ITV chief Crozier warns advertisers have 'pressed pause button' over Brexit

ITV has warned that advertisers "pressed the pause button" practically the day the Brexit vote was announced and it's too soon to know if money will return immediately if Britain votes to stay in Europe.

Crozier: said growth in online and  streaming services was not contributing to ad slowdown on free-to-air TV
Crozier: said growth in online and streaming services was not contributing to ad slowdown on free-to-air TV

Adam Crozier, the chief executive of Britain’s biggest broadcaster by ad revenues, said the impact has been on short-term "late money", rather than advertisers ripping up long-term plans.

But he insisted the "fundamentals" of TV advertising remained strong and brands were starting to "question" the value of digital ads because "a four-second ad that pops up on your screen that you’re likely to skip after four seconds" is different from "a 30-second TV ad". 

Speaking to Campaign after ITV’s annual general meeting on 12 May, Crozier explained: "You could almost see the day that the Brexit vote was announced [on 20 February], the impact was on the late money. It wasn’t on the stuff that advertisers laid down [in advance] in line with their plans.

"In any given month, there’s an amount of late advertising money – it’s often where they’re looking for value. Because of the uncertainty through Brexit, that’s the bit of money that disappeared. That would be the same for Channel 4 and Sky. All of us experienced the same thing."

ITV reported its ad revenues fell a worse-than-expected 13% in April and will be flat in May against weak comparisons. However, June looks stronger, with ITV expecting a 15% rise because of the Euro 2016 football tournament. The first half of the year is forecast to be flat.

Some TV chiefs and City analysts have suggested that ad money could rush back into the market immediately after the 23 June vote if Britain remains in the European Union, but Crozier was guarded about the likely impact, saying he was "not sure about the day after".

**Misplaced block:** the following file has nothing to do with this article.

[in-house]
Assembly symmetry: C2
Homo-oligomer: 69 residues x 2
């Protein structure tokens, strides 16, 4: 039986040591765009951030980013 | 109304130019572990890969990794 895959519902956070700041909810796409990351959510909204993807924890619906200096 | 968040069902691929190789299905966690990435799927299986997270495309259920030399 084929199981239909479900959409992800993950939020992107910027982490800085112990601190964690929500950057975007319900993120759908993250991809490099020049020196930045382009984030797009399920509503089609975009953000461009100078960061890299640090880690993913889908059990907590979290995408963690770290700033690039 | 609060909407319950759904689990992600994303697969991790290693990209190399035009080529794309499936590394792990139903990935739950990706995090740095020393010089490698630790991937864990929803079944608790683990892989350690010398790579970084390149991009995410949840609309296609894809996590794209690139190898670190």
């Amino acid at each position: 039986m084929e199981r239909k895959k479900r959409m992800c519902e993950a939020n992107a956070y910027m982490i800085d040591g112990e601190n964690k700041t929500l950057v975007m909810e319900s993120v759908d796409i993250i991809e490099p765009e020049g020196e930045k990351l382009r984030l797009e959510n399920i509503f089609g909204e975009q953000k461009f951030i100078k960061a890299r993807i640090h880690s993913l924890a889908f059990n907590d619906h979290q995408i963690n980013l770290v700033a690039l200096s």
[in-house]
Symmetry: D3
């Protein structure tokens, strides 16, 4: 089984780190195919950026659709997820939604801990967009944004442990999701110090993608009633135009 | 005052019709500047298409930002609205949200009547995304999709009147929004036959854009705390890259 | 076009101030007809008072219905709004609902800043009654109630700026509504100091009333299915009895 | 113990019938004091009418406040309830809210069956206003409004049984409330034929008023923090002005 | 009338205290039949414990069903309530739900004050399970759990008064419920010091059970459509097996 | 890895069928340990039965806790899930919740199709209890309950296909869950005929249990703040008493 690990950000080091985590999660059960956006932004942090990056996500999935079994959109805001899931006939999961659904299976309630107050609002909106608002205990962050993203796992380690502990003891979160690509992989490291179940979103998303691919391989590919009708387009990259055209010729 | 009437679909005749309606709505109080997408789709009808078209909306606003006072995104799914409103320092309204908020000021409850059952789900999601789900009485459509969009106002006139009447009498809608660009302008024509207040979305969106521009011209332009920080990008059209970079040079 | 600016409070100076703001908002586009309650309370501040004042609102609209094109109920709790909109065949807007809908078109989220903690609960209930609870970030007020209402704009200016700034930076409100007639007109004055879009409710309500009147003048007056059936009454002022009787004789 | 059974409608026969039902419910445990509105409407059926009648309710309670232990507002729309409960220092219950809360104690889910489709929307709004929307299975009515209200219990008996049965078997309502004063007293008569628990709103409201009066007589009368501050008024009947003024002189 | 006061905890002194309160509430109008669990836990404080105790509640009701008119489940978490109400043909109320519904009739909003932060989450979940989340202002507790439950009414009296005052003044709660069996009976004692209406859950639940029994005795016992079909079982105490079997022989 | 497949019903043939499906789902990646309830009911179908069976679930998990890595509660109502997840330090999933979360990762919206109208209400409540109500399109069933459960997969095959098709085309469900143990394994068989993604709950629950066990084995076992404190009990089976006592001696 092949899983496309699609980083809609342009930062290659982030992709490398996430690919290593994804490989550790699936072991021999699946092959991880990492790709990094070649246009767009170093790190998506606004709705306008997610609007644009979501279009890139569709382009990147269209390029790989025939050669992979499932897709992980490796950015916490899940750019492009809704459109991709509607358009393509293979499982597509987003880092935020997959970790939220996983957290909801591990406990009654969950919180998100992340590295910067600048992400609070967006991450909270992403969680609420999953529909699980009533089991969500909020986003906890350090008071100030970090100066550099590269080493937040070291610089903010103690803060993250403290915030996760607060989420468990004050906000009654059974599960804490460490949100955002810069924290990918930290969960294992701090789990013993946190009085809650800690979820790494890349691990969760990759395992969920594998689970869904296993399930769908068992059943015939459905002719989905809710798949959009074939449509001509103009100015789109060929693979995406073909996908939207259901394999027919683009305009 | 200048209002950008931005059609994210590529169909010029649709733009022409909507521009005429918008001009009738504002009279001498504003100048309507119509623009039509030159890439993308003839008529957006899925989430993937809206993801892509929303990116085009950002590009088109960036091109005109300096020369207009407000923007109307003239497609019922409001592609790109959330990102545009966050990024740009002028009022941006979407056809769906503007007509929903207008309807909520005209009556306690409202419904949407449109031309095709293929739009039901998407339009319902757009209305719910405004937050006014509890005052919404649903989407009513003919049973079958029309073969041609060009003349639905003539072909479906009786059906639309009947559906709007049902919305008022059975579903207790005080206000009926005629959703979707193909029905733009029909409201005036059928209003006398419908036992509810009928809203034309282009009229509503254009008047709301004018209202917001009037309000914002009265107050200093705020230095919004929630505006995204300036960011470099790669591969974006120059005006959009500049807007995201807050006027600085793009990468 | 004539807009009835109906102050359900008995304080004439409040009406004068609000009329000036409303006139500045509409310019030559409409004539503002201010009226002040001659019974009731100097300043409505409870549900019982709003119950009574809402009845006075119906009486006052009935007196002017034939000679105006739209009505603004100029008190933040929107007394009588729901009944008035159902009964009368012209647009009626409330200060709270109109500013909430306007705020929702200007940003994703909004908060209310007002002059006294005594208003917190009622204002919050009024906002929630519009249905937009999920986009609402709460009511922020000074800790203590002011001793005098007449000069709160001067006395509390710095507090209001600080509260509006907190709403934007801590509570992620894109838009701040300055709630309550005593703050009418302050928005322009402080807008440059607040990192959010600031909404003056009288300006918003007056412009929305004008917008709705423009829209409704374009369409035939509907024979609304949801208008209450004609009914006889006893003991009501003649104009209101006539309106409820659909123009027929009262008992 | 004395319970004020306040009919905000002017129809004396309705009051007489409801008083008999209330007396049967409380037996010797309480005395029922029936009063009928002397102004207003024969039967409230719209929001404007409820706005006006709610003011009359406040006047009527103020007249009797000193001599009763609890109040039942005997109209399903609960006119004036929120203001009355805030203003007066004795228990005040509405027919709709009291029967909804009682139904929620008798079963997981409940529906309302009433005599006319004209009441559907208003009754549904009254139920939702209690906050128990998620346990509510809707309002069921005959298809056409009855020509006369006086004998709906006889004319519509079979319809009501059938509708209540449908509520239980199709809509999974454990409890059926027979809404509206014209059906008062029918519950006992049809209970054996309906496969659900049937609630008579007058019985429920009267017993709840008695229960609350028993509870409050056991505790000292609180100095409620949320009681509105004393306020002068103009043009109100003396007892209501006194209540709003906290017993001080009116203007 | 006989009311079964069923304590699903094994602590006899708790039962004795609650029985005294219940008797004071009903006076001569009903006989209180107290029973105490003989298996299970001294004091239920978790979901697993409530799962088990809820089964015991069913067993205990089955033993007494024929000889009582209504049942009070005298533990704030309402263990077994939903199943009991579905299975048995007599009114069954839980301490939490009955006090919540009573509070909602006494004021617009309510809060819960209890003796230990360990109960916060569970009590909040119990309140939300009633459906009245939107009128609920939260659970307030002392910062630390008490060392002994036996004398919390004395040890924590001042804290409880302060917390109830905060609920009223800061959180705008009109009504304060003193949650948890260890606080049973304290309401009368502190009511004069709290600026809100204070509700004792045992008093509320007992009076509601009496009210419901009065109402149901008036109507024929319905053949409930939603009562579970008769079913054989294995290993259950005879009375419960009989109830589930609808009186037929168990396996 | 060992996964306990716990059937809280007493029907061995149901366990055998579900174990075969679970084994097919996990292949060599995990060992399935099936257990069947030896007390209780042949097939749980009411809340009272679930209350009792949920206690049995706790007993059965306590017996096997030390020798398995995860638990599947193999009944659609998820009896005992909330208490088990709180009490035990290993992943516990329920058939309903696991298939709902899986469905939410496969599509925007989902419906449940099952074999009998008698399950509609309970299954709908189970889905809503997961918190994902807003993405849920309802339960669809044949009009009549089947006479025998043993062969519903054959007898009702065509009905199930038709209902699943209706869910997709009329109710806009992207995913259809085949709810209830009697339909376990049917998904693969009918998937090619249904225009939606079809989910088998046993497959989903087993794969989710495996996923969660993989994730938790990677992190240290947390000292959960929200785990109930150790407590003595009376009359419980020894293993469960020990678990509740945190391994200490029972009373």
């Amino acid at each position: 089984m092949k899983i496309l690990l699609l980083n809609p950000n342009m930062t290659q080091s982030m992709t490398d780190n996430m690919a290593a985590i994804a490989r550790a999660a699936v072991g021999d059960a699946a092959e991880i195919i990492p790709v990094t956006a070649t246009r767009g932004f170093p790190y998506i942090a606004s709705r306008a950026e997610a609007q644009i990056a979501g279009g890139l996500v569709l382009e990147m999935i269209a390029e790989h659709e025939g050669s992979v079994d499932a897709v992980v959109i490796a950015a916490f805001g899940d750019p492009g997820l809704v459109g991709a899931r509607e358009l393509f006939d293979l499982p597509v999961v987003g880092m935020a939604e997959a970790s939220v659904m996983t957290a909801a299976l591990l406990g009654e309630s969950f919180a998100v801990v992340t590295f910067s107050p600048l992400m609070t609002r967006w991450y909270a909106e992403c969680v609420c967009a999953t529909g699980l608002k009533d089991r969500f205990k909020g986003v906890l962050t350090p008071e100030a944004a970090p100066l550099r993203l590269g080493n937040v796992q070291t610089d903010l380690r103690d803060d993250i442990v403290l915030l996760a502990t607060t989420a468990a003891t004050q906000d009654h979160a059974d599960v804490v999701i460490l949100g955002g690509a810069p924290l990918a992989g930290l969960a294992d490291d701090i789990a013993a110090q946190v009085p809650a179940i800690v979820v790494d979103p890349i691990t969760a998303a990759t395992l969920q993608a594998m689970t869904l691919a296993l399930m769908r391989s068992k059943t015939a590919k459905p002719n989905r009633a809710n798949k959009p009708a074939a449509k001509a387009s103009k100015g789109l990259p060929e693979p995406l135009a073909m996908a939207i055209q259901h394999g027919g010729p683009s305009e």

He went on: "There’s no question that the uncertainty has caused people to press the pause button. What happens when they take their finger off the pause button, who knows?"

ITV is seen as a bellwether for the ad market and several other media owners have said privately they are also suffering. The company has not said whether it opposes Brexit because it is a news provider and wants to remain impartial.

Crozier insisted the rise of YouTube, Netflix and other online and streaming services was not contributing to the ad slowdown on free-to-air TV.

"If you look at it, it’s not the fundamentals – despite all the doomsayers. Never mind our share of viewing [on ITV] being up. Generally, the volume of viewing is up. These are the straight Barb numbers – that’s not just ITV.

"The market’s healthy. There’s nothing structural. It is just purely there are some [political] issues that are around that are slightly out of everyone’s control. You can see it in Germany, the ad market’s firing. You go to America, the ad market’s fine. There’s nothing wrong per se with TV advertising."

British TV advertising had a strong year in 2015, with revenues up nearly 7%, and Crozier claimed brands began taking a more sceptical approach to digital advertising from the second half of last year.

He said: "Martin Sorrell, the champion of digital advertising, suddenly came out and questioned it. A number of bigger advertisers in America started to question it. People like Diageo, here, started to say, ‘The problem with being online is we’ve lost impact, we’ve lost that fame,’ which is what really drives advertising.

"I think there’s been a shift since last summer where people started to take a more mature view of it. The idea that you can compare an [online] ad that pops up on your screen that you’re likely to skip after four seconds with a 30-second TV ad is, if you stop to think about it, clearly not very sensible. It’s people starting to realise they [TV and online] do different things."

Crozier said online had reached such a scale that it made sense to ask more questions.

"It’s just a maturity thing. When all the digital advertising started, it was very sexy, very trendy. People were prepared to put budgets into it and give it a try.

"When it gets to a certain level of maturity, it’s the same thing as what happened to press and TV and magazines. The procurement people get involved, the accountants get involved.

"People start to want to know, ‘Hang on, what did I actually get for my money? Did it work? Did these people actually see the ad?’ What kind of impact has it had?’ Effectively, people are starting to question digital advertising."

Asked about YouTube’s recent research that claimed the Google-owned site was more effective at delivering results than TV, Crozier said: "I’m not sure I see that."

YouTube "will still do very well" and is "a formidable competitor", he said, but there is now "a more sensible debate" among advertisers about the merits of TV and online.

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